(This is the sixth chapter of my autobiographical series. It covers 1983-1991, after I moved from Phoenix to Tucson and resigned from the SWP. The others can be found on the column to the right. Go here to start at the beginning. This chapter was initially sent to my music fan email list on September 12, 2020. I have edited it slightly for the blog.)
Independent Political Activist in Tucson, 1983-1991
After resigning from the SWP in the fall of 1983, I continued as an independent activist for the next several years. At the time I resigned, there was a copper workers strike going on in Arizona. The other copper companies had reached settlements with the Steelworkers union, but the Phelps-Dodge corporation demanded more concessions from the union. The union went on strike, and for the first time in decades in the copper industry, the company tried to continue operating during the strike with scab labor. The scabs were met by mass picket lines by the workers, and the liberal Democratic governor of Arizona, Bruce Babbitt, called out the National Guard to keep the mines open and break the strike.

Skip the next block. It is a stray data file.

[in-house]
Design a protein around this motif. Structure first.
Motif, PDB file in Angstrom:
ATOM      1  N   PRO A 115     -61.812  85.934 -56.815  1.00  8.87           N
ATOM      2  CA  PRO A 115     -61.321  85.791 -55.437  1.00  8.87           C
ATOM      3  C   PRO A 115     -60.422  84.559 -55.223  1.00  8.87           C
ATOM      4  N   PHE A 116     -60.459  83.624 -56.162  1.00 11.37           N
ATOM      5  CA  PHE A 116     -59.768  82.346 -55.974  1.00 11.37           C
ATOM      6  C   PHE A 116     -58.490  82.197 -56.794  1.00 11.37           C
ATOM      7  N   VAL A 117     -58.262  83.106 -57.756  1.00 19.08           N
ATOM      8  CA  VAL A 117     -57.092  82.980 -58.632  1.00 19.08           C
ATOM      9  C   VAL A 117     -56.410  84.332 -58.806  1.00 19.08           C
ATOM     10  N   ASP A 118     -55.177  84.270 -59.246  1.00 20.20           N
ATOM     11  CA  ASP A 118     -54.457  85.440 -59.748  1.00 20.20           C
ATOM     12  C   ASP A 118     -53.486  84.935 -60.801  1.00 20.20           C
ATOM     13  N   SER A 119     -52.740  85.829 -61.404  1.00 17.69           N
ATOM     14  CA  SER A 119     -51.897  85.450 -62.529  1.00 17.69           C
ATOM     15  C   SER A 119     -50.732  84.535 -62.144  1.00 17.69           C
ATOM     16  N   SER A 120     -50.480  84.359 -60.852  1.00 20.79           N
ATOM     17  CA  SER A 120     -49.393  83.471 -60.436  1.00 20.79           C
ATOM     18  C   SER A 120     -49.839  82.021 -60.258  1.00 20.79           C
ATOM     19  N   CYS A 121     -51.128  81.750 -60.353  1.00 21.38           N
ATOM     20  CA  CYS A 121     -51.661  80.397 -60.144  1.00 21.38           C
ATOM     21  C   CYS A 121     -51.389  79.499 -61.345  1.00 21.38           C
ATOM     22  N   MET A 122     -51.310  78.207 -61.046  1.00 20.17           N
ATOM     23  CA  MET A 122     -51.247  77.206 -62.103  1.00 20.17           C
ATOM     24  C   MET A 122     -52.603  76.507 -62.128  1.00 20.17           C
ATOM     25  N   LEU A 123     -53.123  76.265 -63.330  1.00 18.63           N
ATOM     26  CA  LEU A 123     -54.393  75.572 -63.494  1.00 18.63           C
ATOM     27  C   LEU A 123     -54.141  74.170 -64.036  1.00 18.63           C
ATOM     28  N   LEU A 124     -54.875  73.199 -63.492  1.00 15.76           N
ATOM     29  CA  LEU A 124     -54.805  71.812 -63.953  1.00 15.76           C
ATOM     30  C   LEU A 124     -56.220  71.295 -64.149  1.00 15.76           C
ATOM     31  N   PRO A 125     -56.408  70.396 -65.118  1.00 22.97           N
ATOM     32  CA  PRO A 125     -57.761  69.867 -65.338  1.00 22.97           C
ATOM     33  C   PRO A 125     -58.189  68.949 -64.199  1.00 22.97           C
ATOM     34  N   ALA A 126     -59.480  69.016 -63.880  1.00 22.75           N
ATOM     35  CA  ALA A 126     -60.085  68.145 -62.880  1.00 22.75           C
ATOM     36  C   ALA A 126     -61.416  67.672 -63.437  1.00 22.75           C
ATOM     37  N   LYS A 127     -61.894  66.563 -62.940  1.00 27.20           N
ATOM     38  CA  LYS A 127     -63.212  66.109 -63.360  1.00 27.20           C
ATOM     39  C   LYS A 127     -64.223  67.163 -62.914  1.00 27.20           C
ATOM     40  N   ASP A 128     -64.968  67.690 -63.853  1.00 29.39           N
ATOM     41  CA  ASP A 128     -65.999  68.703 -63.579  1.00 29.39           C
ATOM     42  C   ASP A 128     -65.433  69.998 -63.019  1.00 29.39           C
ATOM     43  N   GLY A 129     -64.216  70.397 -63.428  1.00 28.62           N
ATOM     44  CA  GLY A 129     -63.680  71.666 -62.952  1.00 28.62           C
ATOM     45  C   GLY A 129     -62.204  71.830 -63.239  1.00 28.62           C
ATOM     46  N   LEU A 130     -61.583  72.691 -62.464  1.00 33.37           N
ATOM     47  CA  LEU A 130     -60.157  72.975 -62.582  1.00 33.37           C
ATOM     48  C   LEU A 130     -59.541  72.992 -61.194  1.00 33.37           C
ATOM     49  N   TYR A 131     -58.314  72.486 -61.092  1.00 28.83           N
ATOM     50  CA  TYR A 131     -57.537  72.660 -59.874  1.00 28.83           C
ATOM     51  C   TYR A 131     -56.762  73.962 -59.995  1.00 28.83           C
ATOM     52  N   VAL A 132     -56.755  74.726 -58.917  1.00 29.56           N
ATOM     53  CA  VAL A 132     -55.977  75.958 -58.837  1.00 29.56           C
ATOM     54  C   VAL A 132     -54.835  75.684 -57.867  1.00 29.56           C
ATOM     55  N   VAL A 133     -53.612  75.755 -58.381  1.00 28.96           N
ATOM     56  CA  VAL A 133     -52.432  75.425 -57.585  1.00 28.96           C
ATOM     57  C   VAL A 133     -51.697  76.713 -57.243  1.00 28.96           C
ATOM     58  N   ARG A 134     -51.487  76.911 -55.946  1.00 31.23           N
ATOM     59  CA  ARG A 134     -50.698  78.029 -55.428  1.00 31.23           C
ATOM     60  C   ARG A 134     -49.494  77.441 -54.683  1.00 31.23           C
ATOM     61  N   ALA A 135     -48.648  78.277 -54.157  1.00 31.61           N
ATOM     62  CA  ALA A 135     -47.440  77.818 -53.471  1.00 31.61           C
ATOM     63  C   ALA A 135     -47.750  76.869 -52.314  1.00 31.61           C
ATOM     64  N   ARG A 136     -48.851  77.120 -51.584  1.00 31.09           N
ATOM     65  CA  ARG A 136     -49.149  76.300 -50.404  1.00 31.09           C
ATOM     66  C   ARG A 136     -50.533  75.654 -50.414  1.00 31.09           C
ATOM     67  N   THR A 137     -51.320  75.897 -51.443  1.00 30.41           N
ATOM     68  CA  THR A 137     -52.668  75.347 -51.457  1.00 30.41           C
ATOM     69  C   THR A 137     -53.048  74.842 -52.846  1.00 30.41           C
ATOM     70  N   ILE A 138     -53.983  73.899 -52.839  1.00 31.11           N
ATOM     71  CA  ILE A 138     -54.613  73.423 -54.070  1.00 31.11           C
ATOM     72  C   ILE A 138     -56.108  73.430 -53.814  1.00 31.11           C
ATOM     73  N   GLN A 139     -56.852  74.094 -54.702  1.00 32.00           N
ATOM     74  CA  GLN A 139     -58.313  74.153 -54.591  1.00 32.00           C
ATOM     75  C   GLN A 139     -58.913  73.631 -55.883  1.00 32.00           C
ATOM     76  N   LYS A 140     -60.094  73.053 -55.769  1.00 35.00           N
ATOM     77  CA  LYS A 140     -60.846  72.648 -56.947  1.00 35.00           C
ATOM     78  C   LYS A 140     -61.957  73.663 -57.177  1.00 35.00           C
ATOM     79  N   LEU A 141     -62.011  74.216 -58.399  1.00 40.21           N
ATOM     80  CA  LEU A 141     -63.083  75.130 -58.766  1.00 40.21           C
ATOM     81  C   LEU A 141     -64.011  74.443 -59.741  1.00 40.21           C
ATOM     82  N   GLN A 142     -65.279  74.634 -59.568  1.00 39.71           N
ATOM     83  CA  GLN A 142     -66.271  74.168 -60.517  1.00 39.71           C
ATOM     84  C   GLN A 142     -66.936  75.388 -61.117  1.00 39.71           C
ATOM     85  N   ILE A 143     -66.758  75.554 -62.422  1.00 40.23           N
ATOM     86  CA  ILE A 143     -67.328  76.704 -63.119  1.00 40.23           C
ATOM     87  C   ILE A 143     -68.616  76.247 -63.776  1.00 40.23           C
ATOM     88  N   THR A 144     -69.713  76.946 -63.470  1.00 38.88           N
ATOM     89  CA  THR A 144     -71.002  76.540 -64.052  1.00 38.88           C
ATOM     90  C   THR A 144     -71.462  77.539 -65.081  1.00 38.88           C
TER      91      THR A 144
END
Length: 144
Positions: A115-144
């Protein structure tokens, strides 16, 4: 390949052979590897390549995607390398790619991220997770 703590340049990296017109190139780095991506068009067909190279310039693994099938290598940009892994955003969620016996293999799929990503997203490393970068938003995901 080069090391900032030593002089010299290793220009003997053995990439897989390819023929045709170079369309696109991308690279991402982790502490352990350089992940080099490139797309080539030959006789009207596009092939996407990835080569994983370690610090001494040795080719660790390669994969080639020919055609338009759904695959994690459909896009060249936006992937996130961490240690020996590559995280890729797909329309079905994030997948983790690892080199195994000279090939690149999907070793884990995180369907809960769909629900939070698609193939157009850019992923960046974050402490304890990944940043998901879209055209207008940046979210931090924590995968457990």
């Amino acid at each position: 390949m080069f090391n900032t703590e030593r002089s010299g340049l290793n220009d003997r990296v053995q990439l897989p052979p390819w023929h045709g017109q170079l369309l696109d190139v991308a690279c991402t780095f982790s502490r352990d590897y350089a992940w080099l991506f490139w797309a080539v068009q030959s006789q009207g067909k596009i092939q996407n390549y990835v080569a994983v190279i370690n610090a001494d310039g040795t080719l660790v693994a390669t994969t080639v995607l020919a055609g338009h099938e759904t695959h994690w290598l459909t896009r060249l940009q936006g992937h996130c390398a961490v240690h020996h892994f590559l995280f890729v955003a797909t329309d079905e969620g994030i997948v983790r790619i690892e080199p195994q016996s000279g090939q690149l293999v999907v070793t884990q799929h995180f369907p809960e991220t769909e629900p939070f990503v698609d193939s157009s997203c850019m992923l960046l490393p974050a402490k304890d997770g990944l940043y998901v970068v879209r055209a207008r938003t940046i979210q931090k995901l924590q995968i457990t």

The two mining towns in Arizona where the strike was based were Ajo and Clifton/Morenci. (Morenci was a company town, entirely owned by Phelps-Dodge, and Clifton was an adjacent independent town). These were close-knit communities, where generations of people had worked in the mines. The majority of the labor force was Mexican-American. The importation of out-ot-town scabs made the strike not just a labor issue, but an issue of defending one’s community from outsiders trying to destroy it.